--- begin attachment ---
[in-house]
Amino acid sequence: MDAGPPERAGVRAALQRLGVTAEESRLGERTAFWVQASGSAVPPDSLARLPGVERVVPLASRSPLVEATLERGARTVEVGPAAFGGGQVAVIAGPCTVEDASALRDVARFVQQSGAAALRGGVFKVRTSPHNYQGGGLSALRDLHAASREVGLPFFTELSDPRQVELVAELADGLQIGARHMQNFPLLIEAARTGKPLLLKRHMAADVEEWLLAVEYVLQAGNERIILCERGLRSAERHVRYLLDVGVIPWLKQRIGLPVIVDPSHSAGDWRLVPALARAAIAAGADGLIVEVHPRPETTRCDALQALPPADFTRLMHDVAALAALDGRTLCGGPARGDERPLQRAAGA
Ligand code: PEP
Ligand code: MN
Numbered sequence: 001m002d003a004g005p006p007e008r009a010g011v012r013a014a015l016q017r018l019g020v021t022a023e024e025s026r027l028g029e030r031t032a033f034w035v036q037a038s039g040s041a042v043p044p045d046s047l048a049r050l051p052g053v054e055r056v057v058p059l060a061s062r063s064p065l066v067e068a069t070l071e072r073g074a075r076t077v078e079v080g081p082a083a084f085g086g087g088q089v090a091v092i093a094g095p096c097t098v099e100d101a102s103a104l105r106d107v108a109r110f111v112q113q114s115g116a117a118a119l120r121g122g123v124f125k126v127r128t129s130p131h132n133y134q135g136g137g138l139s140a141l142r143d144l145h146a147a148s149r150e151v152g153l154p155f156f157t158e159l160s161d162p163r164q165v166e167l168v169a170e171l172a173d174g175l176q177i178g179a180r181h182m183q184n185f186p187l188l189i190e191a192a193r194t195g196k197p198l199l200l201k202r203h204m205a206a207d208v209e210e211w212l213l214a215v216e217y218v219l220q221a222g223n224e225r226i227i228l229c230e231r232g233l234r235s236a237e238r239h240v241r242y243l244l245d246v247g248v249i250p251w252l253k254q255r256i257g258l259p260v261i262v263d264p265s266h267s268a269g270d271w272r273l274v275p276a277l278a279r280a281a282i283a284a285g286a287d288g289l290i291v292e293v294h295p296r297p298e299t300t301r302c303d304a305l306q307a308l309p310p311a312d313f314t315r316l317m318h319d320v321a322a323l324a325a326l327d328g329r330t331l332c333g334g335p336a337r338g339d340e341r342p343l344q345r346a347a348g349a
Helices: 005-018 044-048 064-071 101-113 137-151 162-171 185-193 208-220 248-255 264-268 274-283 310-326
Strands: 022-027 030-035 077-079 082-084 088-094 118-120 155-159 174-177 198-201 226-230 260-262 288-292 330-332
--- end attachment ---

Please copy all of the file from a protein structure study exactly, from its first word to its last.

[in-house]
Amino acid sequence: MDAGPPERAGVRAALQRLGVTAEESRLGERTAFWVQASGSAVPPDSLARLPGVERVVPLASRSPLVEATLERGARTVEVGPAAFGGGQVAVIAGPCTVEDASALRDVARFVQQSGAAALRGGVFKVRTSPHNYQGGGLSALRDLHAASREVGLPFFTELSDPRQVELVAELADGLQIGARHMQNFPLLIEAARTGKPLLLKRHMAADVEEWLLAVEYVLQAGNERIILCERGLRSAERHVRYLLDVGVIPWLKQRIGLPVIVDPSHSAGDWRLVPALARAAIAAGADGLIVEVHPRPETTRCDALQALPPADFTRLMHDVAALAALDGRTLCGGPARGDERPLQRAAGA
Ligand code: PEP
Ligand code: MN
Numbered sequence: 001m002d003a004g005p006p007e008r009a010g011v012r013a014a015l016q017r018l019g020v021t022a023e024e025s026r027l028g029e030r031t032a033f034w035v036q037a038s039g040s041a042v043p044p045d046s047l048a049r050l051p052g053v054e055r056v057v058p059l060a061s062r063s064p065l066v067e068a069t070l071e072r073g074a075r076t077v078e079v080g081p082a083a084f085g086g087g088q089v090a091v092i093a094g095p096c097t098v099e100d101a102s103a104l105r106d107v108a109r110f111v112q113q114s115g116a117a118a119l120r121g122g123v124f125k126v127r128t129s130p131h132n133y134q135g136g137g138l139s140a141l142r143d144l145h146a147a148s149r150e151v152g153l154p155f156f157t158e159l160s161d162p163r164q165v166e167l168v169a170e171l172a173d174g175l176q177i178g179a180r181h182m183q184n185f186p187l188l189i190e191a192a193r194t195g196k197p198l199l200l201k202r203h204m205a206a207d208v209e210e211w212l213l214a215v216e217y218v219l220q221a222g223n224e225r226i227i228l229c230e231r232g233l234r235s236a237e238r239h240v241r242y243l244l245d246v247g248v249i250p251w252l253k254q255r256i257g258l259p260v261i262v263d264p265s266h267s268a269g270d271w272r273l274v275p276a277l278a279r280a281a282i283a284a285g286a287d288g289l290i291v292e293v294h295p296r297p298e299t300t301r302c303d304a305l306q307a308l309p310p311a312d313f314t315r316l317m318h319d320v321a322a323l324a325a326l327d328g329r330t331l332c333g334g335p336a337r338g339d340e341r342p343l344q345r346a347a348g349a
Helices: 005-018 044-048 064-071 101-113 137-151 162-171 185-193 208-220 248-255 264-268 274-283 310-326
Strands: 022-027 030-035 077-079 082-084 088-094 118-120 155-159 174-177 198-201 226-230 260-262 288-292 330-332